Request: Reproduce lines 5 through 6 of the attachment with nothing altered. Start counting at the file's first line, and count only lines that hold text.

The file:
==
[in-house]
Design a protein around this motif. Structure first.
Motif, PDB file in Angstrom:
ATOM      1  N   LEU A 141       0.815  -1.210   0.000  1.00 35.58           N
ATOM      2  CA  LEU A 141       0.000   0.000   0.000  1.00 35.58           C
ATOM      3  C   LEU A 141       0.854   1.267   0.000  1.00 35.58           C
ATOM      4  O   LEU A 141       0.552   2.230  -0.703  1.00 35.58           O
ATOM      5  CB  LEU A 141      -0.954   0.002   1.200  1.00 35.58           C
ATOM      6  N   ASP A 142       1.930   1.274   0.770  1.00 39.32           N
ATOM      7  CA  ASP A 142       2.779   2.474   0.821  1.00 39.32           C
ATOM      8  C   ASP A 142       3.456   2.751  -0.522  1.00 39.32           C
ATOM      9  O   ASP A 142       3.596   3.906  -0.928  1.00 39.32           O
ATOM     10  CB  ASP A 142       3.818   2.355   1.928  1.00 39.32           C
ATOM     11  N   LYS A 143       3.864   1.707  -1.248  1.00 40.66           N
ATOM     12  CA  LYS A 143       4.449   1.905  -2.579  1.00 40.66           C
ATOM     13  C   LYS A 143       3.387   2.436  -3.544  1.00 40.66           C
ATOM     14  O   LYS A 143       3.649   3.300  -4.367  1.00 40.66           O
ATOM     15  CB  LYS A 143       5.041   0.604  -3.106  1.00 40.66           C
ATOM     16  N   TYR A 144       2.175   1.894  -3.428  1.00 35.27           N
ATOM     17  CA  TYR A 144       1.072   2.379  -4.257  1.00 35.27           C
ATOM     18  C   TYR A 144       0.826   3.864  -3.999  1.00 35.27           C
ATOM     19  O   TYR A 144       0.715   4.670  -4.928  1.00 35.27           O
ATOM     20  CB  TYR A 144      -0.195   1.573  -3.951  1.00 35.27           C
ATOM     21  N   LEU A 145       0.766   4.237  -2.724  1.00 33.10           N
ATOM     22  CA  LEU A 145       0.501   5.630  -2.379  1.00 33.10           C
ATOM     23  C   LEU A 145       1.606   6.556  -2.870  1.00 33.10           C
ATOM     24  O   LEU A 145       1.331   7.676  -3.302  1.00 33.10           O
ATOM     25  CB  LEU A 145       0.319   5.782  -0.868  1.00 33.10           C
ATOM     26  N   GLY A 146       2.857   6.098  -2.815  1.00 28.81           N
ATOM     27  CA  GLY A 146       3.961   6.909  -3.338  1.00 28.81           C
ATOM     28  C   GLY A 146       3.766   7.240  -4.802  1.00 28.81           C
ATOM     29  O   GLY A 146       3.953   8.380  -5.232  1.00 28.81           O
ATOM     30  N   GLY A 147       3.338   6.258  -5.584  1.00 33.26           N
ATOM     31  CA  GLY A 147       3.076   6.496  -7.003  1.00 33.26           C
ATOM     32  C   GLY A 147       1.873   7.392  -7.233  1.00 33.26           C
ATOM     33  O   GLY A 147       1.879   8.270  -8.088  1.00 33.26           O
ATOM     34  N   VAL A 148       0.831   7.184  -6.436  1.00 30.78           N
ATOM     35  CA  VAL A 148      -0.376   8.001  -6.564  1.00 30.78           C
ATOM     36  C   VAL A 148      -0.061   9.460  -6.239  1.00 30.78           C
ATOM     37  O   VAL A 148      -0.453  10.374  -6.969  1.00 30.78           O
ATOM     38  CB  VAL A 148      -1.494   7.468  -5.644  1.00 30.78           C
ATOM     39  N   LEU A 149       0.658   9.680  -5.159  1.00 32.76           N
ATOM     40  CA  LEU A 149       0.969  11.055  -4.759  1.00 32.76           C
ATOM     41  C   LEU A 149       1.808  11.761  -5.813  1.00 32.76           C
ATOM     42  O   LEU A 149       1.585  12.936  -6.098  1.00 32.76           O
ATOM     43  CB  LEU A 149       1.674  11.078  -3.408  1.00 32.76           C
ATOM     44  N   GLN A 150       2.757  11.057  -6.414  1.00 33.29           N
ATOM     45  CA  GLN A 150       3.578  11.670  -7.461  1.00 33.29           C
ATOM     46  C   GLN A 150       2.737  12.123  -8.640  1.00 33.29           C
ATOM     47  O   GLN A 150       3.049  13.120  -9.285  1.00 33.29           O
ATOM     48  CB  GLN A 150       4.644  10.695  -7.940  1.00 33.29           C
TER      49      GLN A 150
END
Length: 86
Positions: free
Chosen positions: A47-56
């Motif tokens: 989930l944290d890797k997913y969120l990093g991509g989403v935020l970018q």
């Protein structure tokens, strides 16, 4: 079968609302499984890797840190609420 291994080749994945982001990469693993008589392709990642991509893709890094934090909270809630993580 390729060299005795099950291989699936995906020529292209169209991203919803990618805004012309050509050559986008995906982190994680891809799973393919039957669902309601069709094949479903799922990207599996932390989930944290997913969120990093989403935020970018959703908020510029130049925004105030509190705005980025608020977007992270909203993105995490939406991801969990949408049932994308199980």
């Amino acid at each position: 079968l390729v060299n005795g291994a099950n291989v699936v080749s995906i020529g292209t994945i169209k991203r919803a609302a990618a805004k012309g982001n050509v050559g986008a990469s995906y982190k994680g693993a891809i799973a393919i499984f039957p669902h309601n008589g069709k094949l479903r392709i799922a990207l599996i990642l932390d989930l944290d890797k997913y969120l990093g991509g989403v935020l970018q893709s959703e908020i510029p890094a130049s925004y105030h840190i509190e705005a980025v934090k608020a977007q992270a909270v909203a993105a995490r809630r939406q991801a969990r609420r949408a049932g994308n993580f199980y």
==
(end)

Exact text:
ATOM      2  CA  LEU A 141       0.000   0.000   0.000  1.00 35.58           C
ATOM      3  C   LEU A 141       0.854   1.267   0.000  1.00 35.58           C